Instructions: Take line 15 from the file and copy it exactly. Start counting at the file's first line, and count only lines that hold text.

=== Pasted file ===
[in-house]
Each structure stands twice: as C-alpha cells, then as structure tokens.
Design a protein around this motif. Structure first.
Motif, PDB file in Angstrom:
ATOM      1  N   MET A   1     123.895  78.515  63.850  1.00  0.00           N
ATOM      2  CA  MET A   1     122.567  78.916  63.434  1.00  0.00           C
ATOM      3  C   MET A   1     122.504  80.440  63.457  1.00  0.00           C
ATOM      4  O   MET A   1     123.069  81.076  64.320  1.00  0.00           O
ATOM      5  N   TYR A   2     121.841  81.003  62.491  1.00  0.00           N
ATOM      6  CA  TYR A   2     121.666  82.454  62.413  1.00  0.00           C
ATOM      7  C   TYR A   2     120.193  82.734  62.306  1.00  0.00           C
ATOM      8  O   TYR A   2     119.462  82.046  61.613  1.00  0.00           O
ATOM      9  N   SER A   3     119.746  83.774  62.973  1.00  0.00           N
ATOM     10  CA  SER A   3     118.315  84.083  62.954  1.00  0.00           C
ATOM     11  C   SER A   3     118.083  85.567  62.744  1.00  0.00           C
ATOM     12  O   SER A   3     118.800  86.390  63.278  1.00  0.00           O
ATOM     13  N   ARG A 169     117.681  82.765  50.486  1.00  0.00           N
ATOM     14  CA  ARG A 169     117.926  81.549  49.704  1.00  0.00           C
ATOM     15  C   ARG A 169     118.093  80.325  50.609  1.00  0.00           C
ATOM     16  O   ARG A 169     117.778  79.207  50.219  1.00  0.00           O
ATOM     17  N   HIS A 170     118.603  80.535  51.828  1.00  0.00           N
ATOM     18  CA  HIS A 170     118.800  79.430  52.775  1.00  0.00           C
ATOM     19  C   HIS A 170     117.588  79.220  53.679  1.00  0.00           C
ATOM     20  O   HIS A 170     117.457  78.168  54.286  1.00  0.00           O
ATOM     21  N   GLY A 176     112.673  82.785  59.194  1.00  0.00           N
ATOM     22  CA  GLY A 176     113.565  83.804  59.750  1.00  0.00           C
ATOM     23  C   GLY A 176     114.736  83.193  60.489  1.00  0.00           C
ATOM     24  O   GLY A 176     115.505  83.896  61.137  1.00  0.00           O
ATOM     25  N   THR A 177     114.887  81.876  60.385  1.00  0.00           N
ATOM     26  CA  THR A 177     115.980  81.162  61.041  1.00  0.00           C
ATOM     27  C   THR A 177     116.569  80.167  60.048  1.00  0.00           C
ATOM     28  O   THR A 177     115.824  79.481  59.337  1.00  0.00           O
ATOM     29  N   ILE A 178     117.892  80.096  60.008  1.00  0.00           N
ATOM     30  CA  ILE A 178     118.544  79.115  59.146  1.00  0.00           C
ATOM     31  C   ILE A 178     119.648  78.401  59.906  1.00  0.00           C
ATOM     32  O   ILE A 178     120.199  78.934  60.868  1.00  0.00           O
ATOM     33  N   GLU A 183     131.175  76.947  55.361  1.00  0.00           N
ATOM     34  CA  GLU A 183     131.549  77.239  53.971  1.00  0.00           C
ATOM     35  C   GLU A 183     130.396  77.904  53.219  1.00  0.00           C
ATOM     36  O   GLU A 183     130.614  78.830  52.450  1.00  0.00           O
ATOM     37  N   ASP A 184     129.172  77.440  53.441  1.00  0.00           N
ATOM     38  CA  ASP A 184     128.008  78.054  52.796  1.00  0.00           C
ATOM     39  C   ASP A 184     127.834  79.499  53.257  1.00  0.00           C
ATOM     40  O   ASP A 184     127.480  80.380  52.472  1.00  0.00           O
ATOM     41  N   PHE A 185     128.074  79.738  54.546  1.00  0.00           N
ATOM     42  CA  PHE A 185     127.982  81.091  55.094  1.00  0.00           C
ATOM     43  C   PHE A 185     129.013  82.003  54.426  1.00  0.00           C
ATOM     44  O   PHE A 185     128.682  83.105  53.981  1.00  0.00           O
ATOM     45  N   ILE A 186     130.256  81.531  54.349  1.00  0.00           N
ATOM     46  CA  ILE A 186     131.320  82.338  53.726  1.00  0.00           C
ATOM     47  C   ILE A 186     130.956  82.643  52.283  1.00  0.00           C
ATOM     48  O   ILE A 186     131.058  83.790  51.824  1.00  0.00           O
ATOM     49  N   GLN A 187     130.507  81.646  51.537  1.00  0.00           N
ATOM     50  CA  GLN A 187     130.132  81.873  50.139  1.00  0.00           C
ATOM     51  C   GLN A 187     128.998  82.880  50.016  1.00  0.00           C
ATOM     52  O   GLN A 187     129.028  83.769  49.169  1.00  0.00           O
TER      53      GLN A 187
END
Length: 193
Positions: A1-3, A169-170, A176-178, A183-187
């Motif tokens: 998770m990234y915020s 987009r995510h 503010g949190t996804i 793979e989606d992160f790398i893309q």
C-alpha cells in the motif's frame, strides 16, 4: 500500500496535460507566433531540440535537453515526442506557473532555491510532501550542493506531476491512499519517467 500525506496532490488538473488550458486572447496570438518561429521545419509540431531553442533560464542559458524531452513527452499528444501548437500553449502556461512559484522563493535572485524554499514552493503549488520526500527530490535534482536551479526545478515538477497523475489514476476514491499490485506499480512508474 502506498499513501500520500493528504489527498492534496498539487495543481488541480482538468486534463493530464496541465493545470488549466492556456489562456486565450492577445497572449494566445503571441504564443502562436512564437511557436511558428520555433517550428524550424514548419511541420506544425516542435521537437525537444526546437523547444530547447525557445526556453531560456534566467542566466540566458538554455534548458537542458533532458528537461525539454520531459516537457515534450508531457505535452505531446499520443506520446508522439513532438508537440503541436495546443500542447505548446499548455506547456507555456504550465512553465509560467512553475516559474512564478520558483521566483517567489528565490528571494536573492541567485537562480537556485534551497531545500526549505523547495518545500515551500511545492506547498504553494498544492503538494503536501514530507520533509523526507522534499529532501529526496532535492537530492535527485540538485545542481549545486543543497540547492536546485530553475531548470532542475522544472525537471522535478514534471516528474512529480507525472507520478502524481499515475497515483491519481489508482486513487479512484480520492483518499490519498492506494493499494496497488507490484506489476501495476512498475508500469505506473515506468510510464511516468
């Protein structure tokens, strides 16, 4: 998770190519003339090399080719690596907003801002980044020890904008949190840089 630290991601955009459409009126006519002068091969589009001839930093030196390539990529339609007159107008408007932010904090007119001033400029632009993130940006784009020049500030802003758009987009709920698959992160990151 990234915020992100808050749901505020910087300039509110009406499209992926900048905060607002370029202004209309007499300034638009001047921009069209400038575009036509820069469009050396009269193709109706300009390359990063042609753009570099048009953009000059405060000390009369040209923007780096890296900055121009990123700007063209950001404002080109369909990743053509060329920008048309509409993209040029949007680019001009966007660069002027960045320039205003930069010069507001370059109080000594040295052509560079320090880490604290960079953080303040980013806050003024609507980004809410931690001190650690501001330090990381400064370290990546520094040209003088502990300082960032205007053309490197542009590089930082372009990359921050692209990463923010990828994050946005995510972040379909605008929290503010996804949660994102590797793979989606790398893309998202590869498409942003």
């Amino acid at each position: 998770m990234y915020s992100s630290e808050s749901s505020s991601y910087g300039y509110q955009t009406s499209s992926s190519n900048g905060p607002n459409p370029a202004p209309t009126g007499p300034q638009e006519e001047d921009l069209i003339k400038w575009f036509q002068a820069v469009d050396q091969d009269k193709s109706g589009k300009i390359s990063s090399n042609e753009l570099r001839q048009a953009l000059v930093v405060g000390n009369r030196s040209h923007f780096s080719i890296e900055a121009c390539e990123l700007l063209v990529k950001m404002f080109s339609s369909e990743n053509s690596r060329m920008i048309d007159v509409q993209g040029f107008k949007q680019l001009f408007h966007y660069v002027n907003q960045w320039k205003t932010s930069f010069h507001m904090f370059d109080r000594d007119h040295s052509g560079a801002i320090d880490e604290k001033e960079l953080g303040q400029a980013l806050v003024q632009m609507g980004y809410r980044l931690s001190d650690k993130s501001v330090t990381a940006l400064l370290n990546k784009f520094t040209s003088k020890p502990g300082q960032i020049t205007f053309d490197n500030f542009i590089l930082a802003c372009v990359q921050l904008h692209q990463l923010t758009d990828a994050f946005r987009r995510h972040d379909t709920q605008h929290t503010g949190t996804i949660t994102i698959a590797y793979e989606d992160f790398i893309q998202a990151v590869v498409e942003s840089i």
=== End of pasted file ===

ATOM     11  C   SER A   3     118.083  85.567  62.744  1.00  0.00           C